Frankfurt, Germany, May 24: The European Central Bank celebrated its 25th anniversary Wednesday but soaring inflation in the eurozone threatened to put a damper on festivities at the Frankfurt-based financial institution.
To mark the occasion, around 200 guests will descend in the evening on the ECB’s imposing steel-and-glass tower on the banks of the Main river in Germany’s financial capital.
With music from French composer Claude Debussy playing, ECB president Christine Lagarde will cut a cake as she is joined by two of her predecessors, Jean-Claude Trichet and Mario Draghi.
But against a challenging economic backdrop, the mood may not be as jubilant as ECB bosses hoped.
Inflation in the eurozone surged to record highs over the past 12 months, as Russia’s invasion of Ukraine drove up energy prices and the recovery from the Covid pandemic caused widespread supply chain woes.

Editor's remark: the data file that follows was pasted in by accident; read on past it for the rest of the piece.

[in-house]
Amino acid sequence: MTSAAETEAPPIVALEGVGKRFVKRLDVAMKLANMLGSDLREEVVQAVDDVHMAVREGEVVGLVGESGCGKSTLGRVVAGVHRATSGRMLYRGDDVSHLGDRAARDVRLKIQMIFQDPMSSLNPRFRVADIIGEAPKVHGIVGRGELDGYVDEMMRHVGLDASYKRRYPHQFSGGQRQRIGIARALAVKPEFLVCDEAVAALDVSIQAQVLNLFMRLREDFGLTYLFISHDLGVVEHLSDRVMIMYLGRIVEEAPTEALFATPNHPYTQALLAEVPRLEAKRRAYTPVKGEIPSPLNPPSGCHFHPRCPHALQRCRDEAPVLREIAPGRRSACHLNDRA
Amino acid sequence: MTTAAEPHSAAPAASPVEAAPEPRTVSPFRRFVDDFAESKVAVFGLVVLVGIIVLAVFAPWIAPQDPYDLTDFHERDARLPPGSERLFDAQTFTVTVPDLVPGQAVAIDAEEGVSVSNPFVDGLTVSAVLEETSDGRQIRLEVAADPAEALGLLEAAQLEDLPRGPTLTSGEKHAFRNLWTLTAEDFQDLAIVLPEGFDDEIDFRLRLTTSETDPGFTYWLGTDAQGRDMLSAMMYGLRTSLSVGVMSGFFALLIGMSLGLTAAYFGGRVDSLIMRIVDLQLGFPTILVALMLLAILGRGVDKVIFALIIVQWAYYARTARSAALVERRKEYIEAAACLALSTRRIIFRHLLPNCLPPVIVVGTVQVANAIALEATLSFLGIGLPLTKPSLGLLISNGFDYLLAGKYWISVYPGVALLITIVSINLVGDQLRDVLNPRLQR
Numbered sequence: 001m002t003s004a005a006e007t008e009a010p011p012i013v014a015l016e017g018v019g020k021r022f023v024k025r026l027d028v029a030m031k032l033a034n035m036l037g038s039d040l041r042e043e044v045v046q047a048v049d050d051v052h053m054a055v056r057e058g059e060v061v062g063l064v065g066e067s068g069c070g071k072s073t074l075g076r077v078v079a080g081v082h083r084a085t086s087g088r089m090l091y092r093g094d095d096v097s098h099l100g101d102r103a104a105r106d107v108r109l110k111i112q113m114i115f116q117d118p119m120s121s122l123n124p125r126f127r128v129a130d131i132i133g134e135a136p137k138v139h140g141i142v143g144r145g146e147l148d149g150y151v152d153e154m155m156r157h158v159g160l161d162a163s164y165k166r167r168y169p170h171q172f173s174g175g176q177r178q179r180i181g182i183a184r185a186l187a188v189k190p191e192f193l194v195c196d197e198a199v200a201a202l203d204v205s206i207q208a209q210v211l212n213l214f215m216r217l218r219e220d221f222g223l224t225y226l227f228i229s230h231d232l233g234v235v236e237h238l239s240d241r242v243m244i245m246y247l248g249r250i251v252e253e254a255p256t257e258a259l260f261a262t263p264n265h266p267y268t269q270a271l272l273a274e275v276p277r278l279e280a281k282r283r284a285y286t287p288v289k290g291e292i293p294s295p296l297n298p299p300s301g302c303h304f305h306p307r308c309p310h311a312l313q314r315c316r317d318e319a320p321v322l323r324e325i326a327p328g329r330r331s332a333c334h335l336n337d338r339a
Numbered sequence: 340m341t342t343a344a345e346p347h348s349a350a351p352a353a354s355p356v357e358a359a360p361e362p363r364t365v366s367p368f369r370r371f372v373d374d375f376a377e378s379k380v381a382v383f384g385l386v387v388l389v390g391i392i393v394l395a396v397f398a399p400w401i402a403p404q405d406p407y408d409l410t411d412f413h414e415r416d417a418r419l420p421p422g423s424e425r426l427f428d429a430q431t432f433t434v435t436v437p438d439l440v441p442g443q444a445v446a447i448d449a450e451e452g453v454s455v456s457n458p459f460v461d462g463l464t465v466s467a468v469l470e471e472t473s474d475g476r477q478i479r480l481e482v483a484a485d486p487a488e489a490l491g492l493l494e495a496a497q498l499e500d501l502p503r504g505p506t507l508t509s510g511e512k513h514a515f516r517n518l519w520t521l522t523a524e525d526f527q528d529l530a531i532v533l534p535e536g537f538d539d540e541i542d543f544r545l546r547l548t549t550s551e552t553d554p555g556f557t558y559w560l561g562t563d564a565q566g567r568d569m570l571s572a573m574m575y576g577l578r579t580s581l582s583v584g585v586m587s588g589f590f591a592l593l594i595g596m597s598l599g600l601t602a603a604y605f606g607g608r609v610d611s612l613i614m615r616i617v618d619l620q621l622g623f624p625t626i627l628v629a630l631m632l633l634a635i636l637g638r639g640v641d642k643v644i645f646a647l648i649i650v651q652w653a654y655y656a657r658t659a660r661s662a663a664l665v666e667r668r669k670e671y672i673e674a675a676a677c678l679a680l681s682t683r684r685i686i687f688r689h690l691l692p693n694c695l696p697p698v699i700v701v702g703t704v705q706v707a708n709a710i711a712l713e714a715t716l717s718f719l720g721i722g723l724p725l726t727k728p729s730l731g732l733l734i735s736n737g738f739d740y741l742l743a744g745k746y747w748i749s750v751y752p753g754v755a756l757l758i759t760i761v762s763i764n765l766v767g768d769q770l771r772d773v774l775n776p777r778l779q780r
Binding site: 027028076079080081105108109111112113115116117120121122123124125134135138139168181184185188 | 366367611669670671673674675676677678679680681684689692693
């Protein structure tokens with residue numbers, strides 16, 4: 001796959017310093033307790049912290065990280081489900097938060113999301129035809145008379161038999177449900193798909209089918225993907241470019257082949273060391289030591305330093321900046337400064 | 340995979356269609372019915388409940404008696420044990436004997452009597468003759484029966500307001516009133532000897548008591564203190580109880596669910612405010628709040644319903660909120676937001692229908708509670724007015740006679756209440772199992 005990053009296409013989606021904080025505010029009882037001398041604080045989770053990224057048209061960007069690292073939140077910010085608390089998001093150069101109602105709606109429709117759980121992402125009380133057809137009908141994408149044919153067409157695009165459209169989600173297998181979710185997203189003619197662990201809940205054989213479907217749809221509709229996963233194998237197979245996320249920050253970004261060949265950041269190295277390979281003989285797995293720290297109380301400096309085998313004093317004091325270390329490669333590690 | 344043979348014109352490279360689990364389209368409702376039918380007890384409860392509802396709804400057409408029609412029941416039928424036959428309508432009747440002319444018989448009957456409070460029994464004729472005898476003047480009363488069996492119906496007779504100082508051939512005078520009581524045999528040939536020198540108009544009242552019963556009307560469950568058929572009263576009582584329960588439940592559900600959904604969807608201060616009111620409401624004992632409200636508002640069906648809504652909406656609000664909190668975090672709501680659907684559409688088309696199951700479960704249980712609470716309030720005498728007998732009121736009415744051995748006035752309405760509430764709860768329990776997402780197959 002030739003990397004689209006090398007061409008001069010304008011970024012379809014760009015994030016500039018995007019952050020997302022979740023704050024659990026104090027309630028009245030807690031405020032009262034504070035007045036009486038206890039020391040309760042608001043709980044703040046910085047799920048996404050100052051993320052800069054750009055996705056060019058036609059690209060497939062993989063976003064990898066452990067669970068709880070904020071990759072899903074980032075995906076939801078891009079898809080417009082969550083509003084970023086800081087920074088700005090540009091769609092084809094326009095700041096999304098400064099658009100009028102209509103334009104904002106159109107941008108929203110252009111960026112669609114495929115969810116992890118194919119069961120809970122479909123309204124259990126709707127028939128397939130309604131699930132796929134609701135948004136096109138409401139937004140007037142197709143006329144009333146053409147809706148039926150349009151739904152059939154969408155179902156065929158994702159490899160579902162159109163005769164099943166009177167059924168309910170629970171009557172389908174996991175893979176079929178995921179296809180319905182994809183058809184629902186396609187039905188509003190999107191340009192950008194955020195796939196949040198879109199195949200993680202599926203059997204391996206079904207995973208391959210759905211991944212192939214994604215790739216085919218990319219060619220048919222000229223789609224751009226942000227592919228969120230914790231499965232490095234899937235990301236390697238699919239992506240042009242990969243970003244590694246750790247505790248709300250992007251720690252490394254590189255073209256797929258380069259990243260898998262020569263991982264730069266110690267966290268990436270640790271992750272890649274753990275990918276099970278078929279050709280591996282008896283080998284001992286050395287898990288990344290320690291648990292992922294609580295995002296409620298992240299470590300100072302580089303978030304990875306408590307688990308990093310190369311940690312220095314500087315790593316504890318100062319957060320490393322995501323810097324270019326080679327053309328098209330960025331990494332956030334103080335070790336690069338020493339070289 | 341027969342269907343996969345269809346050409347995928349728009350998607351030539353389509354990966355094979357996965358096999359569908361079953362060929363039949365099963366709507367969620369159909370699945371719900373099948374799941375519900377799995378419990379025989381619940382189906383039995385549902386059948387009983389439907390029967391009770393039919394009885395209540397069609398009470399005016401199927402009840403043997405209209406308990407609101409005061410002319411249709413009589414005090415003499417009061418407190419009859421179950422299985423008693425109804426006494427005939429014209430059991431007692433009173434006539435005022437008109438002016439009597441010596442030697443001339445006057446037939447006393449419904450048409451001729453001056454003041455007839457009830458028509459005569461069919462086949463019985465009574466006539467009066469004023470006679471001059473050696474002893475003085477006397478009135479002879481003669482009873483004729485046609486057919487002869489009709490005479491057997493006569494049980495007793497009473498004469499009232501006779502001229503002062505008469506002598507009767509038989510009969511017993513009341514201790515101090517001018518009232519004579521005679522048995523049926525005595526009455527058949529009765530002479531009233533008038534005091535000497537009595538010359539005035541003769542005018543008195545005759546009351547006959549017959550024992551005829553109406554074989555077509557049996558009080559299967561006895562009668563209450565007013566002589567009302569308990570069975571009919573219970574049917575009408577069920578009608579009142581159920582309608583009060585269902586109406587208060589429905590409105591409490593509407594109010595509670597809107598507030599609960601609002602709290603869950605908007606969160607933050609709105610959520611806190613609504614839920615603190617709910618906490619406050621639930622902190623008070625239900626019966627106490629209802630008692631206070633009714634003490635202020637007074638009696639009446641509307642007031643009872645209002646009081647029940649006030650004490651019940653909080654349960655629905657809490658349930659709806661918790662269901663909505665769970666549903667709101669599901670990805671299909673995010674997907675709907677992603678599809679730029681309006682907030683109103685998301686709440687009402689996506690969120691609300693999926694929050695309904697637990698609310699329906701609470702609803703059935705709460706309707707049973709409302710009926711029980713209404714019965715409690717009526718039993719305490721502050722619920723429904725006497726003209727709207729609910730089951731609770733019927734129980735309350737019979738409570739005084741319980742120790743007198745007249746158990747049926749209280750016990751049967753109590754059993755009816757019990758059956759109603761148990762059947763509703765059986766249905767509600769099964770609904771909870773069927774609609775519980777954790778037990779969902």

The closely watched indicator sat at seven percent in April — down from a peak of 10.6 percent in October, but still well above the ECB’s two-percent target.
Nevertheless, Lagarde sought to use the anniversary to highlight the achievements of monetary union.
The euro — used by nearly 350 million people across 20 countries with diverse economies — was “more than a currency”, she wrote in a blog post.
“It is the strongest form of European integration and stands for a united Europe that works together, protecting and benefiting all its citizens,” Lagarde added.
“And the ECB will always be a cornerstone of that effort.”
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